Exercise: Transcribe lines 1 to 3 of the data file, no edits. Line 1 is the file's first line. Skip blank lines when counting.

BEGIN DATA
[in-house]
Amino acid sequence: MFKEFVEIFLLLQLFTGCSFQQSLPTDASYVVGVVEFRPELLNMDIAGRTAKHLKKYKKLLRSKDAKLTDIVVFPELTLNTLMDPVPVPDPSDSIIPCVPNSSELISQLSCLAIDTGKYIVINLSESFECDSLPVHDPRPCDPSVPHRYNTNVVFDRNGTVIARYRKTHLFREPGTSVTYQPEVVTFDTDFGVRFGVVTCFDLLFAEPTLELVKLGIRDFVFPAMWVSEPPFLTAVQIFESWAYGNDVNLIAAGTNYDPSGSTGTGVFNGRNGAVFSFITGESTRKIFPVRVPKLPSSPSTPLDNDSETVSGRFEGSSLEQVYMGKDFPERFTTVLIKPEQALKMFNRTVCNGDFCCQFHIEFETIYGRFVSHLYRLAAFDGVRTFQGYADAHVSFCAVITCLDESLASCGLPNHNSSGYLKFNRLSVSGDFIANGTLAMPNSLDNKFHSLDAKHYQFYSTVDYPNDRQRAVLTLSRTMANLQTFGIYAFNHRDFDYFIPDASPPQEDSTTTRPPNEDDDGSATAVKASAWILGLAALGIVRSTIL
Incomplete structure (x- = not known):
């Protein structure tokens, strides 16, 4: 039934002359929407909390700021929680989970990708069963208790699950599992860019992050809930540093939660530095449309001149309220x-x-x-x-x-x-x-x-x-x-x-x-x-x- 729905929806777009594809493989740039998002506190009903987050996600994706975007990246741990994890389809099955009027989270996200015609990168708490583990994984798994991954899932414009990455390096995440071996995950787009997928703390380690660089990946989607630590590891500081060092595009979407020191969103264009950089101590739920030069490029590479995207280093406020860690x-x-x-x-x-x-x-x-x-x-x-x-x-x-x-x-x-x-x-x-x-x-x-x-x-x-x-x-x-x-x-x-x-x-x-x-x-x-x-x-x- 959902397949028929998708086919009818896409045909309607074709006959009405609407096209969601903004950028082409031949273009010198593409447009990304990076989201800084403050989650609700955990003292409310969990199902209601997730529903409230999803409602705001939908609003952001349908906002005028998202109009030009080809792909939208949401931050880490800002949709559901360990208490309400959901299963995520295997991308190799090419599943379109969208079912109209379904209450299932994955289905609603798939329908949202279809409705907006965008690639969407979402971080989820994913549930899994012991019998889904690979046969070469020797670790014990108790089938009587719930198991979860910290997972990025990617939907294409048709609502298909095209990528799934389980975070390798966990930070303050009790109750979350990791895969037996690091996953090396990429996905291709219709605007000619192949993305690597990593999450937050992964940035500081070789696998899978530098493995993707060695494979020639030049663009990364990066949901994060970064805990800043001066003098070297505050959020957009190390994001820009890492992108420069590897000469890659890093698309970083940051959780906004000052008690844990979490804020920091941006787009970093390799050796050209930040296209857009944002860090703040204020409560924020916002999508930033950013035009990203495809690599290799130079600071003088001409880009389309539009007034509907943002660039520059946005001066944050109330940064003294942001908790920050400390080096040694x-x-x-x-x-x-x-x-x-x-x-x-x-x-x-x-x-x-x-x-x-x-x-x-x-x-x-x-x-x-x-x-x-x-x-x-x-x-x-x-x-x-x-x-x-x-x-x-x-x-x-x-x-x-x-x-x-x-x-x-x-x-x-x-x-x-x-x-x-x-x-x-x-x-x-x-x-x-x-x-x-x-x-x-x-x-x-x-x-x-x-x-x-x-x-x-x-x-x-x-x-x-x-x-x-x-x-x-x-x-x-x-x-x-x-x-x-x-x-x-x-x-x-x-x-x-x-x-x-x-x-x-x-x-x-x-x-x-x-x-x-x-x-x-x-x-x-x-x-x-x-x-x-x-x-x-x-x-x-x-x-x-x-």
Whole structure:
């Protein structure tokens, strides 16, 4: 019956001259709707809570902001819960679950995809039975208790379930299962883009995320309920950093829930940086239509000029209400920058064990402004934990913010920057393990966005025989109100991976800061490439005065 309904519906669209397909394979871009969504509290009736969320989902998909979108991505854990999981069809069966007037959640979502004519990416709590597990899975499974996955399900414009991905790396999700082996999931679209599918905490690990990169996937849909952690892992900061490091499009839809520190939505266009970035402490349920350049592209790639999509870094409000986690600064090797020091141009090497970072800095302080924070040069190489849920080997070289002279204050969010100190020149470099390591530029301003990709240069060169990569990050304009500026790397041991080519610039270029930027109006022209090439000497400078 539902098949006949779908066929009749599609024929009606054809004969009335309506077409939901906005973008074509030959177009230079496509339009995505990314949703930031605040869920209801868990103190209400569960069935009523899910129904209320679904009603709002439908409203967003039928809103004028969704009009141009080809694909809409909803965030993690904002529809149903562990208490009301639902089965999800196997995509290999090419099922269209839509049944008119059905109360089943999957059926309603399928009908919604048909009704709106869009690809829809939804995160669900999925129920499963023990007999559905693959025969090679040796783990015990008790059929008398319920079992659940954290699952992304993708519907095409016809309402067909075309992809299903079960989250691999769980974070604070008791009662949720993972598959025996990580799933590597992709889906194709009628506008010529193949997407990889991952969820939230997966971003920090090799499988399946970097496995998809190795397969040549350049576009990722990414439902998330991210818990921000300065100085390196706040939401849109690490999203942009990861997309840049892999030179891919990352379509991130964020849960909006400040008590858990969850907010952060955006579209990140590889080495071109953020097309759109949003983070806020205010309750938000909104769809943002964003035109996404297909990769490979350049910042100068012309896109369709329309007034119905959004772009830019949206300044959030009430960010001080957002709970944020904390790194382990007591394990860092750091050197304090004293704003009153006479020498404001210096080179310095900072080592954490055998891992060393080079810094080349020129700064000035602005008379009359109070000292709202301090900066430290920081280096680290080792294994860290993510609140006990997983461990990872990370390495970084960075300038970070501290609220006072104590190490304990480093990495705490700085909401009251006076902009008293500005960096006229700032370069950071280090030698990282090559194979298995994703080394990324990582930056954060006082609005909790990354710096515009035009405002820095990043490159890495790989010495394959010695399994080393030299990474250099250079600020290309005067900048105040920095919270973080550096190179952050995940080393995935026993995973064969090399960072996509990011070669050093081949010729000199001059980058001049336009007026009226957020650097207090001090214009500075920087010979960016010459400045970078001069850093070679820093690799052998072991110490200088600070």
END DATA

[in-house]
Amino acid sequence: MFKEFVEIFLLLQLFTGCSFQQSLPTDASYVVGVVEFRPELLNMDIAGRTAKHLKKYKKLLRSKDAKLTDIVVFPELTLNTLMDPVPVPDPSDSIIPCVPNSSELISQLSCLAIDTGKYIVINLSESFECDSLPVHDPRPCDPSVPHRYNTNVVFDRNGTVIARYRKTHLFREPGTSVTYQPEVVTFDTDFGVRFGVVTCFDLLFAEPTLELVKLGIRDFVFPAMWVSEPPFLTAVQIFESWAYGNDVNLIAAGTNYDPSGSTGTGVFNGRNGAVFSFITGESTRKIFPVRVPKLPSSPSTPLDNDSETVSGRFEGSSLEQVYMGKDFPERFTTVLIKPEQALKMFNRTVCNGDFCCQFHIEFETIYGRFVSHLYRLAAFDGVRTFQGYADAHVSFCAVITCLDESLASCGLPNHNSSGYLKFNRLSVSGDFIANGTLAMPNSLDNKFHSLDAKHYQFYSTVDYPNDRQRAVLTLSRTMANLQTFGIYAFNHRDFDYFIPDASPPQEDSTTTRPPNEDDDGSATAVKASAWILGLAALGIVRSTIL
Incomplete structure (x- = not known):